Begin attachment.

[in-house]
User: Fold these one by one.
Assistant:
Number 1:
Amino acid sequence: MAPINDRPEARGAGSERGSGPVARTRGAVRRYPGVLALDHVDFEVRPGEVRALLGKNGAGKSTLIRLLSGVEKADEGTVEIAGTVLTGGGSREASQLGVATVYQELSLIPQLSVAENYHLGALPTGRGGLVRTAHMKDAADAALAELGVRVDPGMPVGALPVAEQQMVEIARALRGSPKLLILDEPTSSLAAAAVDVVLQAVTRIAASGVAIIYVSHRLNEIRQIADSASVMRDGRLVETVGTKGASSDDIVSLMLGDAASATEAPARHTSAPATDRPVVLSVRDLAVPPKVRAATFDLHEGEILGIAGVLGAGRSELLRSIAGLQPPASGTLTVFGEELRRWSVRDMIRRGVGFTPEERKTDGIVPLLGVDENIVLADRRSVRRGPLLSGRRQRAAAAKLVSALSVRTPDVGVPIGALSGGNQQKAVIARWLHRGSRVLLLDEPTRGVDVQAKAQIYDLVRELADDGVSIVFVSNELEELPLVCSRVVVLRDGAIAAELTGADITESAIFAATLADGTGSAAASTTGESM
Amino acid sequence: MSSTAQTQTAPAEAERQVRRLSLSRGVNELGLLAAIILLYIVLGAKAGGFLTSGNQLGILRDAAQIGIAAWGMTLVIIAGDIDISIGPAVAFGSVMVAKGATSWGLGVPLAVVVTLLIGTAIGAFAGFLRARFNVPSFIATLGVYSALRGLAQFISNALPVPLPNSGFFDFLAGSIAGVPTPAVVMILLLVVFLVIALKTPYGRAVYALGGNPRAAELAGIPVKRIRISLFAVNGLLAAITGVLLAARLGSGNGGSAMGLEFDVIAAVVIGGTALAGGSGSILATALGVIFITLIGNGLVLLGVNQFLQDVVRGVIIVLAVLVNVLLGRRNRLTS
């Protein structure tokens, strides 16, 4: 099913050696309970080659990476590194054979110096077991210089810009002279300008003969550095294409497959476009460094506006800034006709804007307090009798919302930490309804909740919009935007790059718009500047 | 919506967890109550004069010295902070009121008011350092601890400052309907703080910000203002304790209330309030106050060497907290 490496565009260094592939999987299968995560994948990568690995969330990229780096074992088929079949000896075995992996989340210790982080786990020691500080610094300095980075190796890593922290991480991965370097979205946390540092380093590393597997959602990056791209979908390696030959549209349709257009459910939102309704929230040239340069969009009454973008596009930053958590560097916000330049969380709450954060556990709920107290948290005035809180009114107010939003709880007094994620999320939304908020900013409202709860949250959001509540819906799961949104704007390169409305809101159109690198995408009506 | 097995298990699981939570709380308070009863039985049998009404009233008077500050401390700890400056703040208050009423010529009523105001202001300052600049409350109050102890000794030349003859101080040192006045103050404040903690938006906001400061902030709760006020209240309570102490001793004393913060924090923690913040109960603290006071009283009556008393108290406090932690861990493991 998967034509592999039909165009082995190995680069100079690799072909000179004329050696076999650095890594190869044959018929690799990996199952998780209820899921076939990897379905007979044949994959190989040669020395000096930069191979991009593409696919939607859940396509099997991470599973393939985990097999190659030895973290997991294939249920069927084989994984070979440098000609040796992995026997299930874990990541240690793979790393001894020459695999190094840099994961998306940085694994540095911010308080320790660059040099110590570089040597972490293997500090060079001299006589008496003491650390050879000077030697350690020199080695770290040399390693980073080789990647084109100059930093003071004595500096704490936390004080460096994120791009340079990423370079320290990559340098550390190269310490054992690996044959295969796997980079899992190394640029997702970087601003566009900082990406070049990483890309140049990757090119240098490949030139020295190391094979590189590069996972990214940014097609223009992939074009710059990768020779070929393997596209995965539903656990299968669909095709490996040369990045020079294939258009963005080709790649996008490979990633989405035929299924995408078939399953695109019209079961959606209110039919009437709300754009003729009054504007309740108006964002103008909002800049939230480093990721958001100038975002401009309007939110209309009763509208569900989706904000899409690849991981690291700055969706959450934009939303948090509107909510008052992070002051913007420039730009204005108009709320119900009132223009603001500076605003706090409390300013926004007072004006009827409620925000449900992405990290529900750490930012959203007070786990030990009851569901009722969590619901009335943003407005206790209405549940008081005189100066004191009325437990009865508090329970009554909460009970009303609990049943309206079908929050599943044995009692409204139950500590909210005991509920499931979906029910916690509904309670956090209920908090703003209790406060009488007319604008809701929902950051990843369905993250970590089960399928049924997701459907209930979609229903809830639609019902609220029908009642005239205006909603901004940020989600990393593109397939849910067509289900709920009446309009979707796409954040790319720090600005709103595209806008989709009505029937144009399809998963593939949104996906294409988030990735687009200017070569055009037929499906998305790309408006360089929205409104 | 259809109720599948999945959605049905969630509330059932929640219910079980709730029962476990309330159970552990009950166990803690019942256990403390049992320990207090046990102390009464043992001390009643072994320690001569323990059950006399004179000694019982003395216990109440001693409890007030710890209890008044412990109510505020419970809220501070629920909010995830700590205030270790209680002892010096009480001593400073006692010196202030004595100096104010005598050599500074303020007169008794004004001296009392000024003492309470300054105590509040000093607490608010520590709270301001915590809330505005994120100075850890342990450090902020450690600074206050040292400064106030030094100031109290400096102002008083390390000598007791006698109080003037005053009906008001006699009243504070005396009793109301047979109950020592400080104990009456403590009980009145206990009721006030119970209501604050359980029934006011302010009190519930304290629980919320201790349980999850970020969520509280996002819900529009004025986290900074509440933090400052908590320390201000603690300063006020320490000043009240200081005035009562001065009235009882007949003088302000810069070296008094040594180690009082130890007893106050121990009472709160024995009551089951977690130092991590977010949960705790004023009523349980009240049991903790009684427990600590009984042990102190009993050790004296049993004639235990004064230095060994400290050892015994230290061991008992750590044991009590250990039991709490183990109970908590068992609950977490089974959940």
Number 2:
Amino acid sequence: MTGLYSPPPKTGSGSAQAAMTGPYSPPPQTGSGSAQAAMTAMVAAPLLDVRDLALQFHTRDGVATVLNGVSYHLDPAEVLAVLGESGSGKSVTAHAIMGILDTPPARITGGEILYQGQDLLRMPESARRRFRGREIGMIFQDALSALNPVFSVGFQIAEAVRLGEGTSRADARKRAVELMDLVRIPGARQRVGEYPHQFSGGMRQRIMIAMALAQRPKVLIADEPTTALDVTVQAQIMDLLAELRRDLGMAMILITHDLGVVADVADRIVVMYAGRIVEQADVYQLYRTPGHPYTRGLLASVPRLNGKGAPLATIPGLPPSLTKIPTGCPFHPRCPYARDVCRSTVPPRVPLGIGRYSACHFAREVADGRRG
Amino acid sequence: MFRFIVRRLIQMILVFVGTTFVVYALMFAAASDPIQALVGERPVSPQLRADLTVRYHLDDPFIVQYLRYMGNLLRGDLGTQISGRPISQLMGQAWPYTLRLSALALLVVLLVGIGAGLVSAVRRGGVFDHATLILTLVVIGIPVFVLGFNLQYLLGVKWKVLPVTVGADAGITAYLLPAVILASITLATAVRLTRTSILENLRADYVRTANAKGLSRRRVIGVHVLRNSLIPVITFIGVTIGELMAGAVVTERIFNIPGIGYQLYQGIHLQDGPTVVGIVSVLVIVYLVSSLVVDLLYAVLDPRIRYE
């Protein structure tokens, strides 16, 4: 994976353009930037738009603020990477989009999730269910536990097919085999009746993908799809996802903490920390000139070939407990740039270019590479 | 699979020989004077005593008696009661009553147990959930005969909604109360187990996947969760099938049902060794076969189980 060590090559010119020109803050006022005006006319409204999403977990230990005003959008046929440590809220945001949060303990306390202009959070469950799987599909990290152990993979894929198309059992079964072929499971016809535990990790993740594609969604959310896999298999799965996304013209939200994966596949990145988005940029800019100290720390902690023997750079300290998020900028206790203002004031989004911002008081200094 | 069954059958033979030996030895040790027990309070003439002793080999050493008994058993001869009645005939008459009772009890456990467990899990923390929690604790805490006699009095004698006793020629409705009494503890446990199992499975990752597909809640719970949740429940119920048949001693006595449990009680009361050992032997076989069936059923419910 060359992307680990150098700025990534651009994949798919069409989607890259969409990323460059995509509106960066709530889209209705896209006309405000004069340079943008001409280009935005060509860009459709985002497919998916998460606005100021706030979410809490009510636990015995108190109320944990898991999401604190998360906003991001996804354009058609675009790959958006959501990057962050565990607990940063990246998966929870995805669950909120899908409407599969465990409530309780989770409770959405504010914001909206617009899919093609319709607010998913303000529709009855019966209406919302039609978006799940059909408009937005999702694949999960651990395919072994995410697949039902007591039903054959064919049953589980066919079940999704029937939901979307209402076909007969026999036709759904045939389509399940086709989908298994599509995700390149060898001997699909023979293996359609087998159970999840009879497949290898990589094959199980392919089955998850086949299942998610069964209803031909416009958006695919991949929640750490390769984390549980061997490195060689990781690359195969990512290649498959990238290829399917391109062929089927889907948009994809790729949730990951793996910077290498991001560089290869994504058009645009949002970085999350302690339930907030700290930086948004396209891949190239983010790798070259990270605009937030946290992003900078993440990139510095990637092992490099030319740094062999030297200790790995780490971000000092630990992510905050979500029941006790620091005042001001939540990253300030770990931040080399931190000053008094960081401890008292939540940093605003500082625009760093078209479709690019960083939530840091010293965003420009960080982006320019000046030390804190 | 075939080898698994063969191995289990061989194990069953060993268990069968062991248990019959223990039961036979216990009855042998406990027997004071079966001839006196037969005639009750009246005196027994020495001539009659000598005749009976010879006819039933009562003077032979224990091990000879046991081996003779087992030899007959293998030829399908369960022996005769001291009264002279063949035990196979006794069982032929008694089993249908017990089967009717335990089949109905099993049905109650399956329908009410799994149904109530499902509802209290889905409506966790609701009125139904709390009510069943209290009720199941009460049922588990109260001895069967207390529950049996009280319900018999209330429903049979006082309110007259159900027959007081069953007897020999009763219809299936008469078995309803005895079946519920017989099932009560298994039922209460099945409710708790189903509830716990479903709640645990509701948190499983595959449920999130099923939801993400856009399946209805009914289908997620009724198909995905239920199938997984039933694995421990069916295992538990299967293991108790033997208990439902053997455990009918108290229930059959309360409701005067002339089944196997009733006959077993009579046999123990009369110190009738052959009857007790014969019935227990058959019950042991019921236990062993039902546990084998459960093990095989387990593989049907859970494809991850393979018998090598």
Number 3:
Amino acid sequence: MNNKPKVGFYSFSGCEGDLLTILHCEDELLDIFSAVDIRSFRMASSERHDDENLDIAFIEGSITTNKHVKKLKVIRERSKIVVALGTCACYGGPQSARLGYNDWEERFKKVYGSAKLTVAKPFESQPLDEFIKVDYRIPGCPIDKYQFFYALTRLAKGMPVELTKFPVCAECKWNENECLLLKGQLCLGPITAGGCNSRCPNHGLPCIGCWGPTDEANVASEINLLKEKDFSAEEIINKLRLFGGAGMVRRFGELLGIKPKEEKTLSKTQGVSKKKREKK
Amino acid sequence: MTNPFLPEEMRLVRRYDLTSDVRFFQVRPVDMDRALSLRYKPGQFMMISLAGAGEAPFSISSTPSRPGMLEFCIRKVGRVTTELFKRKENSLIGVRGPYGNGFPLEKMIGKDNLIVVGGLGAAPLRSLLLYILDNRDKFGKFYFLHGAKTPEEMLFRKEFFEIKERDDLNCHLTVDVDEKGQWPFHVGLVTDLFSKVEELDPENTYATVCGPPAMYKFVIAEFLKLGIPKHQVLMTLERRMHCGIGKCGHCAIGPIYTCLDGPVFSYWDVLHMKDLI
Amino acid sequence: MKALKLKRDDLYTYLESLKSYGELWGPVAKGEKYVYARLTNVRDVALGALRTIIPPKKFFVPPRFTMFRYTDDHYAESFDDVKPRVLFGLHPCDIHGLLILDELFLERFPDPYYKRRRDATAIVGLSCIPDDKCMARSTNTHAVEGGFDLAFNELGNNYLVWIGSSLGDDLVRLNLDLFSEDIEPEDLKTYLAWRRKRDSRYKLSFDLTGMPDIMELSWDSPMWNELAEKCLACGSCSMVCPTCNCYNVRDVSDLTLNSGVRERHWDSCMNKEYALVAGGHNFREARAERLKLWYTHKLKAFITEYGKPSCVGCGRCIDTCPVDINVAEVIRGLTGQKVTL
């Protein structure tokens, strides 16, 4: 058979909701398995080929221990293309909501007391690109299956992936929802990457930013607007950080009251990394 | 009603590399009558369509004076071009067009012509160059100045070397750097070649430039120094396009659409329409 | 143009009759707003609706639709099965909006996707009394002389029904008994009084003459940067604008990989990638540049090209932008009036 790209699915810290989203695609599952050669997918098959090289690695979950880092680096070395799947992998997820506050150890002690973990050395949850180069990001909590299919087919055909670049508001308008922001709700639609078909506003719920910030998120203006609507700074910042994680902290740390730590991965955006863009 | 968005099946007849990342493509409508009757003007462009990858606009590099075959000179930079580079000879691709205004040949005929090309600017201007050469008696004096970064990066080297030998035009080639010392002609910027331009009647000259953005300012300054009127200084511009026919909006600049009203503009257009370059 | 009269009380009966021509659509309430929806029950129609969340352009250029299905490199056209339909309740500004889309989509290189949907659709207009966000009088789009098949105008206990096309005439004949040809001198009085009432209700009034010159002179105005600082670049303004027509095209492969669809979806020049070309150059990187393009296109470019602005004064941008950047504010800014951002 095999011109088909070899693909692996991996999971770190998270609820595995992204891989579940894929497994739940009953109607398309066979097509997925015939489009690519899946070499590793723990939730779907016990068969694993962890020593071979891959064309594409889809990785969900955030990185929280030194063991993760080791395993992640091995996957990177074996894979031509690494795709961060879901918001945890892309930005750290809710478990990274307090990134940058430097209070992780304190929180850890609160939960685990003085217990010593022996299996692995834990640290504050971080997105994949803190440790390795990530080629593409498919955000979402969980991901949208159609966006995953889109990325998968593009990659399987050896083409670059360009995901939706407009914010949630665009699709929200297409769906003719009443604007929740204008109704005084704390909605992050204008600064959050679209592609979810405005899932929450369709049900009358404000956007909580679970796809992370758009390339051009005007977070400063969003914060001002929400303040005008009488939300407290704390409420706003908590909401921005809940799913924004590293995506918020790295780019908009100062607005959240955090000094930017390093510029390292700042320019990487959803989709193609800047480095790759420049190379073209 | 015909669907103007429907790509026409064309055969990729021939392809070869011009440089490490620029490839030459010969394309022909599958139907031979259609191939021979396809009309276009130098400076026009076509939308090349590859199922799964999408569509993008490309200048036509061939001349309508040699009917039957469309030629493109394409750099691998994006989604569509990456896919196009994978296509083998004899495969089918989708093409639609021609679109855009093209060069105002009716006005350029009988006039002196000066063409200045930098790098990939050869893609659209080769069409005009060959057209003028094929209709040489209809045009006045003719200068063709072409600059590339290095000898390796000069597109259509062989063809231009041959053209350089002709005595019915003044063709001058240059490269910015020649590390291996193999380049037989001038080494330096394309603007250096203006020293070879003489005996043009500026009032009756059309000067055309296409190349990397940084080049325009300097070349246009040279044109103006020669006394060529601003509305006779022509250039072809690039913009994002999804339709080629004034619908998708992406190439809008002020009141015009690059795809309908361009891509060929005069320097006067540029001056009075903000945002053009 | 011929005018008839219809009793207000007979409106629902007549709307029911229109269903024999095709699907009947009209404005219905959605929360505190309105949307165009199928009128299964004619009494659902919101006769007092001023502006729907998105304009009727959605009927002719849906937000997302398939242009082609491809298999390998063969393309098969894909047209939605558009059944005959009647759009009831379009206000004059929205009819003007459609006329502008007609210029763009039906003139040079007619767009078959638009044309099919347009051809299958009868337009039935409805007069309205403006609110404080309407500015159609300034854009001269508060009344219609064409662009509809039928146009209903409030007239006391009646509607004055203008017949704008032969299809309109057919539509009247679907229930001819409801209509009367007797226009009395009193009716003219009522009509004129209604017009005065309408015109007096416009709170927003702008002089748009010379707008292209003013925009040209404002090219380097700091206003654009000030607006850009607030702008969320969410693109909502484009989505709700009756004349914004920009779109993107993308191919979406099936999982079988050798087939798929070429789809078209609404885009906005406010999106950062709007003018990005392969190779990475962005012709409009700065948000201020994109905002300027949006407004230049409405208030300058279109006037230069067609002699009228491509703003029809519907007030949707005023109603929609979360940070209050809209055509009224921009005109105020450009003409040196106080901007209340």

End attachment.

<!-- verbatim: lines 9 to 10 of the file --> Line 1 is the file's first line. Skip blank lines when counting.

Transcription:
Amino acid sequence: MTGLYSPPPKTGSGSAQAAMTGPYSPPPQTGSGSAQAAMTAMVAAPLLDVRDLALQFHTRDGVATVLNGVSYHLDPAEVLAVLGESGSGKSVTAHAIMGILDTPPARITGGEILYQGQDLLRMPESARRRFRGREIGMIFQDALSALNPVFSVGFQIAEAVRLGEGTSRADARKRAVELMDLVRIPGARQRVGEYPHQFSGGMRQRIMIAMALAQRPKVLIADEPTTALDVTVQAQIMDLLAELRRDLGMAMILITHDLGVVADVADRIVVMYAGRIVEQADVYQLYRTPGHPYTRGLLASVPRLNGKGAPLATIPGLPPSLTKIPTGCPFHPRCPYARDVCRSTVPPRVPLGIGRYSACHFAREVADGRRG
Amino acid sequence: MFRFIVRRLIQMILVFVGTTFVVYALMFAAASDPIQALVGERPVSPQLRADLTVRYHLDDPFIVQYLRYMGNLLRGDLGTQISGRPISQLMGQAWPYTLRLSALALLVVLLVGIGAGLVSAVRRGGVFDHATLILTLVVIGIPVFVLGFNLQYLLGVKWKVLPVTVGADAGITAYLLPAVILASITLATAVRLTRTSILENLRADYVRTANAKGLSRRRVIGVHVLRNSLIPVITFIGVTIGELMAGAVVTERIFNIPGIGYQLYQGIHLQDGPTVVGIVSVLVIVYLVSSLVVDLLYAVLDPRIRYE